Ways to get free or low cost native plants We  of course would like you to buy plants from our spring and fall sales but there are also ways you can get low cost or free plants with a little bit of your time and effort.  If you have big projects this can really reduce costs. Bare Root Sales (low cost) The best low cost source is your county Conservation District bare root sales.  These sales usually start in December or January with plants generally available in early March.  The advantage of bare roots is that they are inexpensive  and easy to transport.  This is especially helpful if you are planting on hillsides.  You don’t have to haul pots up or down hillsides.  The disadvantage is they need to be planted as soon as possible.  Also the bare root plants are frequently sold in bundles.  Roots dry out very quickly. According to Lawyer Nursery Inc. in Olympia, the bare roots should be soaked a minimum or 4-6 hours before planting.  If possible continue to soak the roots while planting.  Plant should be transplanted within 24 to 48 hours or receiving them.  The most difficult to successfully transplant are broadleaf evergreen (Arctostaphylos, Mahonia, Gaultheria, long needle pines and others).  Lawyer Nursery recommends clipping off most leaves prior to planting to reduce desiccation for broadleaf evergreens. (See http://www.lawyernursery.com/bareroot_nursery_stock_handling_guide.asp for the whole guide.) County Salvages (free) Several counties have native plant salvage programs where the county receives permission to salvage an area with volunteers before the area is cleared for building.  In King County one salvages for the county from 9-12 in the morning and then, if you salvaged in the morning, you can salvage for yourself from 12-2.  They may also offer special days to those who have salvaged for the county to come and just salvage for them selves.  These plants are completely free except for your effort.  There are usually some knowledgeable people around who can help you with what native plants to salvage.  Again it is very important to not let the roots dry out and to pot them up or replant them as soon as possible.  Taking some native soil and adding it to the planting soil adds native microrrhyzae which improves transplant survival. Ferns are exceedingly easy to salvage.  When you salvage ferns there are frequently more than one crown in a larger fern.  The ferns can be divided by cutting (sawing) them apart between the crowns to get even more plants.  Salvaged ferns may not look very good until their second year in the ground but usually have many more roots and therefore bigger than purchased ferns. If you have large ferns on your own property, you can divide them as described above to create more ferns too. Conservation District Nurseries (free) If your county has a Conservation District Nursery you may be able to volunteer and receive credits which then can be traded for plants.  King Conservation District gives $10.00 worth of plant material for each hour you volunteer in the nursery.  The selected native species are usually available in the early spring. Plant Survival It is also very important to plant correctly and in the right conditions for the plant (sun/shade, wet/dry, according to the plant’s needs).  OK, we all have tried to push the envelope but we usually end up with dead plants. The original soil stem/root boundary should be maintained (roots should not be above the level of the soil nor the stem/trunk any deeper than it was originally growing).  Also the roots should be spread out in the planting spot not curved back up on themselves.  It is better to prune a few roots than plant incorrectly.  After planting, the plants should be mulched with 4”- 6” of wood chips.  Keep the mulch about 3”away from woody stems.  The best mulch is free.  You can request arborists to deliver wood chips to you.  The minimum is usually about 5 cubic yards.  The chips keep weeds from growing and retain the soil moisture.  They also help water to permeate the soil rather than running off and keep soil pores open. It is important to water for the first summer or two or plant mortality can be high.  Most years you do not need to start watering until after the rains stop.  Watering deeply is better than shallow watering.  Check the moisture in the soil before you water. If the plants have been planted in the right conditions, they will probably not need additional watering in after the second summer.  In general remember the first year planted they sleep, the second year they creep  and the third year they leap.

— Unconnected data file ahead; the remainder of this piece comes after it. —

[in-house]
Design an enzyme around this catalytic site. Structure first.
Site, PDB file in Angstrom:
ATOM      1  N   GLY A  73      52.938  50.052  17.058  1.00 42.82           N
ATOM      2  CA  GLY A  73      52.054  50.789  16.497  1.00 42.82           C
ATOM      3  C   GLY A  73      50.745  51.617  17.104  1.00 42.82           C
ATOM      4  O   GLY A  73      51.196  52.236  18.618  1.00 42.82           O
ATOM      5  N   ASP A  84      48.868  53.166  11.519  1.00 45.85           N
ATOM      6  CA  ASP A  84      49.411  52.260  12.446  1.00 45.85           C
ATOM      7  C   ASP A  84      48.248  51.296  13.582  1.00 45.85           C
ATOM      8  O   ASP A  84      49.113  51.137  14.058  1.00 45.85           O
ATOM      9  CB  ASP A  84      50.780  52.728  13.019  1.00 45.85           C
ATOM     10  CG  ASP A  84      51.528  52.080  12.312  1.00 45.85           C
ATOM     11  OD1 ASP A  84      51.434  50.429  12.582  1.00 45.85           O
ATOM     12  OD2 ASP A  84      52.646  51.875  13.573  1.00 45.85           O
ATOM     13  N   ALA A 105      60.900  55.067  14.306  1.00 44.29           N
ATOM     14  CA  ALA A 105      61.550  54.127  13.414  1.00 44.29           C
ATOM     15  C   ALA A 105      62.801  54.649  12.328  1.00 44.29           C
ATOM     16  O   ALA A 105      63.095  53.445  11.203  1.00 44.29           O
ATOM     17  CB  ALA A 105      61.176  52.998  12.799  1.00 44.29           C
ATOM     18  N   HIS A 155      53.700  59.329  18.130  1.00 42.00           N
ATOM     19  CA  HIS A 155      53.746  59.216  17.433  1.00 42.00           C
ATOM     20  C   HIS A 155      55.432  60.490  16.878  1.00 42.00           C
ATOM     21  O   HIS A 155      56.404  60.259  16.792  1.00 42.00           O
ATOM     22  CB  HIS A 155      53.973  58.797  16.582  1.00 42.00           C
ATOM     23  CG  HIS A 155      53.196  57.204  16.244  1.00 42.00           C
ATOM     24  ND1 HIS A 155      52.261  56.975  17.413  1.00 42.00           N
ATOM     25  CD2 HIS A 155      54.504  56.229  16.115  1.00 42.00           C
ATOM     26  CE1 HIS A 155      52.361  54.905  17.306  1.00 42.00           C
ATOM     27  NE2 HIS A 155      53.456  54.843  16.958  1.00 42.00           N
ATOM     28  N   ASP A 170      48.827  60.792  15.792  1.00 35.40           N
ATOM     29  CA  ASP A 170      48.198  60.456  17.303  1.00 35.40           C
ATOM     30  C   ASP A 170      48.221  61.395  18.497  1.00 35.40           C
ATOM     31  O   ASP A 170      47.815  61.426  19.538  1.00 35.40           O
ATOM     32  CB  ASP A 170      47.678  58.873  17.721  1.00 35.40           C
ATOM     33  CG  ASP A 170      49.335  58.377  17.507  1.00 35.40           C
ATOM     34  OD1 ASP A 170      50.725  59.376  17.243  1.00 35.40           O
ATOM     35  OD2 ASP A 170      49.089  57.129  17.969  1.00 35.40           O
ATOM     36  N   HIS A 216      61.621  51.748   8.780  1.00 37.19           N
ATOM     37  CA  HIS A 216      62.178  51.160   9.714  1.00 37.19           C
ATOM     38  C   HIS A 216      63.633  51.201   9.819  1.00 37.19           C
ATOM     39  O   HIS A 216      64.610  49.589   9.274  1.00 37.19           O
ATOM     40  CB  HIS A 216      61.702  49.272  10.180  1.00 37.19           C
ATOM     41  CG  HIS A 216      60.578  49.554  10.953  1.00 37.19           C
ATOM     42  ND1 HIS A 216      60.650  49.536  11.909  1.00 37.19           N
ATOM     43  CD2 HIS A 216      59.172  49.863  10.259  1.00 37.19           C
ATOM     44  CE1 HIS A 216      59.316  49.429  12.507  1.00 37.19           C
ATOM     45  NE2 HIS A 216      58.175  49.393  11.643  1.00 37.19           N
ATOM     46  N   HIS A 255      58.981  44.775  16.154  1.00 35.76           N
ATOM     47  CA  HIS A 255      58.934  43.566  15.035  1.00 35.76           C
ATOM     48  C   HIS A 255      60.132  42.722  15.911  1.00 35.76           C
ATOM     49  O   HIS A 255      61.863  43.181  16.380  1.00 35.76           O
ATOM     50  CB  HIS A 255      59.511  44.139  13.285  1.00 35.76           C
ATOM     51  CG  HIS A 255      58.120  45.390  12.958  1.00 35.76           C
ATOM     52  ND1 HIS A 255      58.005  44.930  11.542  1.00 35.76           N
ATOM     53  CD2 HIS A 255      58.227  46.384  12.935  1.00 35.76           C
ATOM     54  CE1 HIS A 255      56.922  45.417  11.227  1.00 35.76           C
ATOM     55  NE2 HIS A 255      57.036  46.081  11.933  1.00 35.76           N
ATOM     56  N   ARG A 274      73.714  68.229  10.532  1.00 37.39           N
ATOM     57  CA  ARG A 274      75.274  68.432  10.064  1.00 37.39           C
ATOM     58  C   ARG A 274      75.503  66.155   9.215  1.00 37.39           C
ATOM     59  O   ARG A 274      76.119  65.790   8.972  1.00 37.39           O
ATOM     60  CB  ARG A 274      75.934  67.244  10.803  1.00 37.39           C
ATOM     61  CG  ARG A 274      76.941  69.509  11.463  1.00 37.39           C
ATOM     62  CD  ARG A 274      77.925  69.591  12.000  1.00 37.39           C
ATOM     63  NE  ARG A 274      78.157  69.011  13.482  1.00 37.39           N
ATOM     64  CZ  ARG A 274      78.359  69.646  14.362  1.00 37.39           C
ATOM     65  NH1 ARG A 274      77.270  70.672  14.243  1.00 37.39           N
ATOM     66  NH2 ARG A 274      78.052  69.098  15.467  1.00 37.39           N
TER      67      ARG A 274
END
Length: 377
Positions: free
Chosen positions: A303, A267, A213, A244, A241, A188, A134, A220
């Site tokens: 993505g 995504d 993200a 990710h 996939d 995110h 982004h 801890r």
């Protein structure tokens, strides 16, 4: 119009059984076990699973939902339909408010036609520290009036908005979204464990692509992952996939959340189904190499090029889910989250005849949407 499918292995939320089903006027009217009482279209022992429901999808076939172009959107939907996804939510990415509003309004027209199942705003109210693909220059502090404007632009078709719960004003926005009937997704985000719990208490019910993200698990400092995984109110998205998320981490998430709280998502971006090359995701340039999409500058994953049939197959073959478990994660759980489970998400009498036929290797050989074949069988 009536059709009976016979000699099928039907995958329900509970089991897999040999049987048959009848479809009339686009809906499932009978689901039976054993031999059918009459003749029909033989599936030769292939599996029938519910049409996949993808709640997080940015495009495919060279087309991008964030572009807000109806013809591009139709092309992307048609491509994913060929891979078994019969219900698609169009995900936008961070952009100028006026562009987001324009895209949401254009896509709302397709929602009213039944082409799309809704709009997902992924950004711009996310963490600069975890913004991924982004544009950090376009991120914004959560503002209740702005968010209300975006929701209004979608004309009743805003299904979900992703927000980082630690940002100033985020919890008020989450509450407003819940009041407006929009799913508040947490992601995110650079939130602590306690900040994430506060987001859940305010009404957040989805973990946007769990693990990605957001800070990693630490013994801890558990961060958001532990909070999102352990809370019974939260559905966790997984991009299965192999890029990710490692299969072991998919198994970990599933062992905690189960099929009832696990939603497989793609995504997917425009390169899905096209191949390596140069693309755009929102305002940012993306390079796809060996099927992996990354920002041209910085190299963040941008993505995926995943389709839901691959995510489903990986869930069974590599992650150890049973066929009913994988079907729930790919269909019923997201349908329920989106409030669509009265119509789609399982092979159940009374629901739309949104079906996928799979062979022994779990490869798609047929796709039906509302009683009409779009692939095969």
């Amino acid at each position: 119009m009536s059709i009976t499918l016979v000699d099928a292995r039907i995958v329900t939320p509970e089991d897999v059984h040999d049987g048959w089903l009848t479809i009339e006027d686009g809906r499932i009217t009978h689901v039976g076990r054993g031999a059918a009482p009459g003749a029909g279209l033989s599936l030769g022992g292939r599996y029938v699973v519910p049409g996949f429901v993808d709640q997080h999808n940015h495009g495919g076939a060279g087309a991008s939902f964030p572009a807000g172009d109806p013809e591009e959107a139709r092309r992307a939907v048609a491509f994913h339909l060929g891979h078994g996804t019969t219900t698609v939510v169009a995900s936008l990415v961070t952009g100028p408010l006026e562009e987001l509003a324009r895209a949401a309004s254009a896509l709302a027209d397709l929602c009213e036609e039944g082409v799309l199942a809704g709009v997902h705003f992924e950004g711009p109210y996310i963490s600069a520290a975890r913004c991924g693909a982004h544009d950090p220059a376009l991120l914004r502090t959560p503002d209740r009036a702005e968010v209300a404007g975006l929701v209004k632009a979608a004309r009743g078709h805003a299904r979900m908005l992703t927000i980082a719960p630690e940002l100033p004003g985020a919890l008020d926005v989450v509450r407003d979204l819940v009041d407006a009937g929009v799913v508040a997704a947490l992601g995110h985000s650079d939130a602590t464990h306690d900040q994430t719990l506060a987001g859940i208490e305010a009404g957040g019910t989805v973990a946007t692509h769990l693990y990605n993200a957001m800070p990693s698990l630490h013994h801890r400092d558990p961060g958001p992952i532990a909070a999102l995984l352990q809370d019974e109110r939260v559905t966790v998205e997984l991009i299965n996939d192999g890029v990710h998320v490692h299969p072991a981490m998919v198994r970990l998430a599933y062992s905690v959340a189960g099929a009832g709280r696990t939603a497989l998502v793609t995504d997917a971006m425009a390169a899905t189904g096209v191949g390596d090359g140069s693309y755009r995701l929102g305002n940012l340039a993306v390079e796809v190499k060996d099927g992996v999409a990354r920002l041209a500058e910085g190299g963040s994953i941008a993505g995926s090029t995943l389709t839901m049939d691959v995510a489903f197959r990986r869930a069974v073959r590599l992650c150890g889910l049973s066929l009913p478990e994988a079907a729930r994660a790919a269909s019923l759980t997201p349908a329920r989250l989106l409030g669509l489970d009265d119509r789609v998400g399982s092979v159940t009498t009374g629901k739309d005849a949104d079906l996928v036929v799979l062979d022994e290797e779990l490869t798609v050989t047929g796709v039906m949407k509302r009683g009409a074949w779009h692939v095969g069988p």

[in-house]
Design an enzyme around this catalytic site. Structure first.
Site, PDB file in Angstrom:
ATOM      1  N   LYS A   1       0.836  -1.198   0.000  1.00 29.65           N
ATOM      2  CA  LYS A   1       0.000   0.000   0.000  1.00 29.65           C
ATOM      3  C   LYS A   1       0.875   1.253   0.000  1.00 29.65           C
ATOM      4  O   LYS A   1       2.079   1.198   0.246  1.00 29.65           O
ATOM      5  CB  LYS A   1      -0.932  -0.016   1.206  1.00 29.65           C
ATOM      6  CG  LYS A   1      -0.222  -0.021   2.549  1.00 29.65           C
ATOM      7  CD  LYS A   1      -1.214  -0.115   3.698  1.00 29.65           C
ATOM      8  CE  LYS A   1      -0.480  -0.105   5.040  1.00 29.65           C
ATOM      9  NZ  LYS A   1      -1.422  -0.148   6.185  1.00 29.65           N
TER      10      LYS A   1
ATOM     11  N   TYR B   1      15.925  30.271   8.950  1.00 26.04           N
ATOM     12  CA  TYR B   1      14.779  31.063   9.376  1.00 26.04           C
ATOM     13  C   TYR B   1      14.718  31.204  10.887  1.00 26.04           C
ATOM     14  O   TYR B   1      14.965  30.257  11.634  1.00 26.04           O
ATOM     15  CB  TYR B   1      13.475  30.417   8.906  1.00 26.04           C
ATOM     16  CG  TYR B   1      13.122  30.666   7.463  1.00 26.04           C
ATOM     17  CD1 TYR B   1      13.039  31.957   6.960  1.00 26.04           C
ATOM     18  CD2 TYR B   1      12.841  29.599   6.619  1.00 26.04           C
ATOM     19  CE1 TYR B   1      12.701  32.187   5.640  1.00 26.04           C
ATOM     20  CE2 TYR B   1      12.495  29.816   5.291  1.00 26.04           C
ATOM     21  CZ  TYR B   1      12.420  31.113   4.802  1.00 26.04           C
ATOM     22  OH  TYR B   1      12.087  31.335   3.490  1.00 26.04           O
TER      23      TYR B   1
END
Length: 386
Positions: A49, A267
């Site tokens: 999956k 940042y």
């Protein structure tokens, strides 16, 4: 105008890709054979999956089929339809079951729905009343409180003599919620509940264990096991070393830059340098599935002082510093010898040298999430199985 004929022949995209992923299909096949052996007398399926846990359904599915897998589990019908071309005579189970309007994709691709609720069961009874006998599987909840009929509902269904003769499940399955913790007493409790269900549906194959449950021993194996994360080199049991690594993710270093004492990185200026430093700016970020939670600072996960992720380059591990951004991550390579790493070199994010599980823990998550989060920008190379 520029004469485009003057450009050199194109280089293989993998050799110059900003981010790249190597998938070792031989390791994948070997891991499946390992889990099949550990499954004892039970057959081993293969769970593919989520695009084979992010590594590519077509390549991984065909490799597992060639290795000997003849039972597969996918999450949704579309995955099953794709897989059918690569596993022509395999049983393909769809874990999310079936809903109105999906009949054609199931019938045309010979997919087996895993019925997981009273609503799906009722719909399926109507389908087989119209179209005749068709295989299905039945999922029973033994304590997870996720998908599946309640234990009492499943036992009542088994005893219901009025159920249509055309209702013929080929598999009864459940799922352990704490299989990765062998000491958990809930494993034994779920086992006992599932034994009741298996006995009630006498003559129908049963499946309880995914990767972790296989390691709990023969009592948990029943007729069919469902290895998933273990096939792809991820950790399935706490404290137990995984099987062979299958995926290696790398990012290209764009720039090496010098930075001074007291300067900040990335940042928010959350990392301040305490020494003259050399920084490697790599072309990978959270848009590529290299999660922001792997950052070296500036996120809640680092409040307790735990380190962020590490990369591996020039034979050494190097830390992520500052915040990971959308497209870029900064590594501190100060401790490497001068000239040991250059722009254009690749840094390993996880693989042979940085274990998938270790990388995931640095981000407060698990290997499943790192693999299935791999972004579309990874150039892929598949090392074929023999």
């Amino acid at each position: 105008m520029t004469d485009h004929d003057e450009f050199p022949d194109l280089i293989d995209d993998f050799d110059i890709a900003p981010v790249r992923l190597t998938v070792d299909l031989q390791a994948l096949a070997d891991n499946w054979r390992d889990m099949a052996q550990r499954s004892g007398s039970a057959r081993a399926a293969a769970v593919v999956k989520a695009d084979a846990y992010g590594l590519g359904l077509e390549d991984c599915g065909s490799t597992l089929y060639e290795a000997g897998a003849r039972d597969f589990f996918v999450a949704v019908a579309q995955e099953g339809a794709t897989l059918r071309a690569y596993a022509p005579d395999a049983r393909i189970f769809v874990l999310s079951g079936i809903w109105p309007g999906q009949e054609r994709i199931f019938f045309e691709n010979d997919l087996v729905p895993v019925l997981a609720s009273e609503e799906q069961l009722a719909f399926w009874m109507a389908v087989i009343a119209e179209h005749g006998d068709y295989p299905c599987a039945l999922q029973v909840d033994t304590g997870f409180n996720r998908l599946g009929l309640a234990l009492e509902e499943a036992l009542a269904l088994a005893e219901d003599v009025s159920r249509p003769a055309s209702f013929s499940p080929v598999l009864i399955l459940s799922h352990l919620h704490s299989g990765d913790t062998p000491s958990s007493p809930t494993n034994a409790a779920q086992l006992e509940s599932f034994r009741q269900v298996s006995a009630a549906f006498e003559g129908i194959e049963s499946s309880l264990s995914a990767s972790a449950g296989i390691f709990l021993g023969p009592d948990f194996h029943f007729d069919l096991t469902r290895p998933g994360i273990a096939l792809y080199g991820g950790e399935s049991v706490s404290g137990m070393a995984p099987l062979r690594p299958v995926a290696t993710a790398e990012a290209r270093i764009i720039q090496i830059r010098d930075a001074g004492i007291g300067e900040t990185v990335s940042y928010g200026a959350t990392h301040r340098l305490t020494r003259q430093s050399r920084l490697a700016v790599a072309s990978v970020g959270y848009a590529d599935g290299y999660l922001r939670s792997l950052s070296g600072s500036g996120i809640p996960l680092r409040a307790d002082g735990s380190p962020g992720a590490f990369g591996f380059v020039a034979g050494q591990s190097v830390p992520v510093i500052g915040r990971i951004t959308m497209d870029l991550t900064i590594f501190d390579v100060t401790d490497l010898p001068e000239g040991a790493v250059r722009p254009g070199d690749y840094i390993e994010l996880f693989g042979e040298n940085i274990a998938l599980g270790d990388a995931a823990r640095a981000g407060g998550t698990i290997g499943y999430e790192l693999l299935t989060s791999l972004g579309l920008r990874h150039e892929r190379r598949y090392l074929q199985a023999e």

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About WNPS

Washington Native Plant Society, Central Puget Sound
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